B18C5 is the analog of the JDM B18C Type-R for USDM Acura Integra Type R. It has new pistons, deeper valve reliefs, strengthened camshafts, and lighter connecting rods. Also, ahead porting was made, double valve springs, larger throttle body, new spark plugs, lightweight intake valves, and straighter exhaust system. It is equipped with a VTEC system engaging at 5,700 RPM, redline at 8,300 RPM. It can produce 195 hp, 10.6 compression ratio, and 130 lb-ft of torque. However, B18C6 is also an analog for the European market, and B18C7 is an analog for the Australian market.

Head to Head 

We have already discussed the individual attributes of each engine, and both of them are exemplary machines and impressive in their own ways and style. Both have the edge over the other, and comparing them is an unending task because choosing is more of a personal preference over-popularity. 

Honda B16 and Honda B18 are two different machines on their respective turfs. B16 runs the 1.6L displacement while the B18 is 1.8 L and is by far their most obvious difference. 

Coming from the B16 line is the B16B engine which is capable of producing 185 hp with its high-rev push. However, B18C would sweep B16 in terms of power and torque, especially in stock form. B18C produces 197 hp, and 131 lb-ft of torque, while B16 can only produce 117 lb-ft of torque.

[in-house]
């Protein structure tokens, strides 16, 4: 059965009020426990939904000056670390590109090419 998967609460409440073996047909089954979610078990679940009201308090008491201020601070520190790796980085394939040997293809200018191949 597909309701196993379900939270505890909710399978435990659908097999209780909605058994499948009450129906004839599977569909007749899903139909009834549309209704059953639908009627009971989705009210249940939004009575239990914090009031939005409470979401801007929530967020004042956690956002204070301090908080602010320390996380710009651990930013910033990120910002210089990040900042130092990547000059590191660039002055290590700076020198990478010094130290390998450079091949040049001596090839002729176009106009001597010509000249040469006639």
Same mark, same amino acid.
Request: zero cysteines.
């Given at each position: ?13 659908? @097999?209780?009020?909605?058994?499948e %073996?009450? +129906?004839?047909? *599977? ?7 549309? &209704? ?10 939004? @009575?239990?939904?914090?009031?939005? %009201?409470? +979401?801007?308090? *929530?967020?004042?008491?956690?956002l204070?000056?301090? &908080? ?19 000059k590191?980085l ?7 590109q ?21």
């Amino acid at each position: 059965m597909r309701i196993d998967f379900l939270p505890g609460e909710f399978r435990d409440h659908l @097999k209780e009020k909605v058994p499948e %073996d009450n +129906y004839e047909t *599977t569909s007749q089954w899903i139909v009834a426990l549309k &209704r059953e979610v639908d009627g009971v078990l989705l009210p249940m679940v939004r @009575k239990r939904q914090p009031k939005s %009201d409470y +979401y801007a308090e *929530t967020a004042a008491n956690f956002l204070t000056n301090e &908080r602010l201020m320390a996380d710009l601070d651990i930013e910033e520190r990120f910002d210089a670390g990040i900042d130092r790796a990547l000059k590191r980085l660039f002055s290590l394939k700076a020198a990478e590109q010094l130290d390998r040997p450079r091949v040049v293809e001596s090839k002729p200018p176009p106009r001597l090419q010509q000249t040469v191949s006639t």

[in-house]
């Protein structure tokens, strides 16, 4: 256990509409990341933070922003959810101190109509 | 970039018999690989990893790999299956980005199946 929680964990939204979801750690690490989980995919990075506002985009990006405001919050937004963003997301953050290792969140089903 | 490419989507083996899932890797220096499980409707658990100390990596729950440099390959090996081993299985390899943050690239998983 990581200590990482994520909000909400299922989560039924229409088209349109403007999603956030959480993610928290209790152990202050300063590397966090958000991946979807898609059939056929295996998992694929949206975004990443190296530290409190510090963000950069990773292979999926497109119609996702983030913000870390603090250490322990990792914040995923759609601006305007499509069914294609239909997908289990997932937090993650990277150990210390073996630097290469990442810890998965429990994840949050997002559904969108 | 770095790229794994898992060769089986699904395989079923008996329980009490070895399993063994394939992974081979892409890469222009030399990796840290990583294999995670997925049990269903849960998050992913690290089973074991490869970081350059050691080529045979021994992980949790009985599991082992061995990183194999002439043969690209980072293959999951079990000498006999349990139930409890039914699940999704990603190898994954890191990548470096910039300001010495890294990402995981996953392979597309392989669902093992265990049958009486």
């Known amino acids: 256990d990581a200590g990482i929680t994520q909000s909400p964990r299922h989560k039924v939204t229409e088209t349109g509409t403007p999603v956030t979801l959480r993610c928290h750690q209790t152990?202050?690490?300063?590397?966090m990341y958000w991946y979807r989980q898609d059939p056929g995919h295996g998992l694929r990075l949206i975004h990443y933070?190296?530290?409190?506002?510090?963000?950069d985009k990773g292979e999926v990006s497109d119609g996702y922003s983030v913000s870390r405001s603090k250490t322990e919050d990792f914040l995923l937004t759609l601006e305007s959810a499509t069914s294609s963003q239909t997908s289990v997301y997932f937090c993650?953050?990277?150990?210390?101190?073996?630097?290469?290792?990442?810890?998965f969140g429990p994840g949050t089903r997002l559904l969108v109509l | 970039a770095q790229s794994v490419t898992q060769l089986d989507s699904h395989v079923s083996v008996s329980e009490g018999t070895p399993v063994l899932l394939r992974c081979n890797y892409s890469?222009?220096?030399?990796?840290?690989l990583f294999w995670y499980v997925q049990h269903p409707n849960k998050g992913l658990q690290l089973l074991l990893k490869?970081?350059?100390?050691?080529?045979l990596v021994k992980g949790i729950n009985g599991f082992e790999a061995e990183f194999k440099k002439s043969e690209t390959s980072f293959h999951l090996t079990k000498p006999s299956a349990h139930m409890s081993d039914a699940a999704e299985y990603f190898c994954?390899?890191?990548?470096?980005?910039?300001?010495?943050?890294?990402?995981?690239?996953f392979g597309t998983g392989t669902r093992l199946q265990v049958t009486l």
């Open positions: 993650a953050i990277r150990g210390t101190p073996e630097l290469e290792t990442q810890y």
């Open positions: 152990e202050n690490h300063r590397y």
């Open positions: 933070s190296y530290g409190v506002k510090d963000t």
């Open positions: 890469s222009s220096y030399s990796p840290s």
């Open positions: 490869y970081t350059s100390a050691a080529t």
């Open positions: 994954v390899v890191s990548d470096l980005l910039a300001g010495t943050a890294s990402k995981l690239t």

But if you chose earlier B16 models, it would be a lopsided showdown between these two, for their specifications are inferior to B16B. 

One thing that might be the decider between these two is their price difference. B18 engines are more expensive than B16, maybe because of their popularity among the car community, but B18s additional costs will overshadow the cost that you will cover in upgrading B16s; and B16s can achieve B18 levels with proper tuning and boring. To add with that, parts for B16 are cheaper, and their lots of options available. 

Also, if you are planning to build a project car or you want some change, B16 engines are suitable for lightweight chassis and will maximize the torque output, while B18s are excellent initial engines, especially if you are rooting for a stock power output.  

Summary

B16 and B18 engines are both respectable and reliable engines. B16 being the pioneer of VTEC and high horsepower to liter ratio, while B18 continues to dominate the game by its enormous power output and formidable stock form that stuns even its B series ally. You will not regret owning either of these two, for they present themselves in different forms that will accommodate your demands. It is only up to you which you will pick and will take your money. 

I hope that we cleared some clouds in your head regarding the informal debates going on for ages now between these two engines. Both are great and excellent.